Can you trust your own eyes? These ANU researchers say spotting AI images may be more difficult than ever.

‘Pics or it didn’t happen’ has been a glib but common phrase said in response to stories shared online that were deemed unbelievable or exaggerated. A demand for proof. But with the creation of AI image generators, do we have what it takes to tell what is real and what is fake?

Most recently, Meta — the parent company behind Facebook, Instagram, Threads and WhatsApp — placed its AI assistant front and centre for users trying to access search functions within their apps. Prompts asking the assistant to imagine something will generate an AI image. This latest move may bring more AI generated content into our social media feeds.

Sometimes it can be obvious that an image is produced by AI, such as when Trump supporters (not his campaign team) created AI images meant to target black voters — with one image displaying a black Trump supporter with three arms. And sometimes the resulting image doesn’t seem to cause any harm, such as the viral pictures of the Pope wearing a puffer jacket instead of his usual robes.

But what should we do in cases where AI’s fingerprints are less obvious than extra limbs? At the extreme end, deepfake technology has been linked to misinformation during elections, false celebrity endorsements for dodgy health products and even the spread of nonconsensual faked nudes.

And while online guides to spotting whether an image has been created by AI suggest looking out for details like unusual hands, patterns and nonsensical text, are these guides enough to educate people?

Playing digital detective

It turns out most of us don’t have what it takes to spot an AI image. Amy Dawel, an Associate Professor at the ANU School of Medicine and Psychology, says that as AI images become increasingly sophisticated, it will become harder and harder to sort real from fake.

Our research found that people are overconfident in their ability to recognise AI images,” Dawel says.

“We’re still relying on cues that used to be helpful but have now disappeared.

“Most concerningly, our research found that the people who are worst at spotting AI imposter faces are the most confident!”

None of these faces belong to real people. Photo: StyleGAN2 images/Open Science Framework (https://osf.io/ru36d/)

Associate Professor Eryn Newman, also from the ANU School of Medicine and Psychology, researches how our biases influence how we evaluate the truth and credibility of information. She agrees that relying on or hoping to find obvious cues is not going to work in the long run.

“As AI images become more sophisticated, and these imperfections are less frequent, such tactics will need revising,” Newman says.

Ironically, technology companies, including Intel and OpenAI, have started work on AI-powered tools to detect AI images. Images produced with OpenAI tools, like DALL-E, will include metadata indicating their AI origin. Meta, on the other hand, plans to tag AI content with ‘Made with AI’ and ‘Imagined with AI’ labels once detected.

According to Dawel, the proliferation of AI generated images places more onus on us to check the media we consume, lest we are duped.

“In many cases, humans are not able to spot AI images, and other algorithms aren’t great at it either,” she says. “Because of this, we all need to be digital detectives and look for other ways to verify that the information we engage with online is correct. This may include using reputable websites and confirming people’s online identities with real life interactions.”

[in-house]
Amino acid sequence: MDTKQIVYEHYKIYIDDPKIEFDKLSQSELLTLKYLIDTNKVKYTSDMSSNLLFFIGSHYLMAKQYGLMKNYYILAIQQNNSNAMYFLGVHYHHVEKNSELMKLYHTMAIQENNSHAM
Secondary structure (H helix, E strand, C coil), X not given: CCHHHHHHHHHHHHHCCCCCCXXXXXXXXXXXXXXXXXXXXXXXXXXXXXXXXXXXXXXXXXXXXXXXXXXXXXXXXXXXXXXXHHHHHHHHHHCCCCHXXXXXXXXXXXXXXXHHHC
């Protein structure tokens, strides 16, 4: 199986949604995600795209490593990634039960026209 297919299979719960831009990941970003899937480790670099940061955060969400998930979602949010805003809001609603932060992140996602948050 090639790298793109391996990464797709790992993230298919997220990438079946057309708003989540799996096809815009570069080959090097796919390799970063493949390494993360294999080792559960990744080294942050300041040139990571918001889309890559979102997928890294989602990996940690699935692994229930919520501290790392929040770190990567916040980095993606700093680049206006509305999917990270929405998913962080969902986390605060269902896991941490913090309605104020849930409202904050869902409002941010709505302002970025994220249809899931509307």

Seeing is believing

When we struggle to spot an AI image, it can influence how we interpret information.

Research has found that images help us to comprehend and visualise written claims they are paired with.

As the saying goes, a picture is worth a thousand words. With AI generators making it easier to create convincing imagery, such pictures can help to make information appear more believable.

“When an image is biased or slanted and represents a conclusion — not otherwise stated in the text — it can lead us to generate that conclusion ourselves, by shifting comprehension. This leads to distortions in belief and memory,” Newman explains.

“Some of our research on ‘truthiness’ also shows that a conceptually related photo that does not provide any evidence of a claim, but simply decorates a claim, can also increase our tendency to believe a claim is true.

“The influence of AI images may be quite insidious in influencing the information environment and how information is consumed and shared.”

Viral image of pope in puffer jacket is AI generated. Photo: Reddit via midjourney

But AI images don’t have to be convincing to have influence. Another possible consequence of technology lowering barriers of entry to creating imagery is that it could cause people to be sceptical of all imagery. But Newman notes that more empirical work is needed to understand this proposition.

“It is possible that an increasing awareness of the presence of AI on platforms could lead to distrust. If that is the case, this could impact people’s general receptivity to messages,” she says.

“This would be concerning if that impacted important communications around public health.”

Research from the Stanford Internet Observatory suggests most AI-generated images currently on social media are designed to attract clicks and shares from users, in an attempt to build audiences and increase trust. As AI images become more ubiquitous, we will have to wait to see if people become more sceptical.

Until then, we will be playing digital detectives and holding up the magnifying glass to what we see on social media.

Top image: Lisa Top/shutterstock.com

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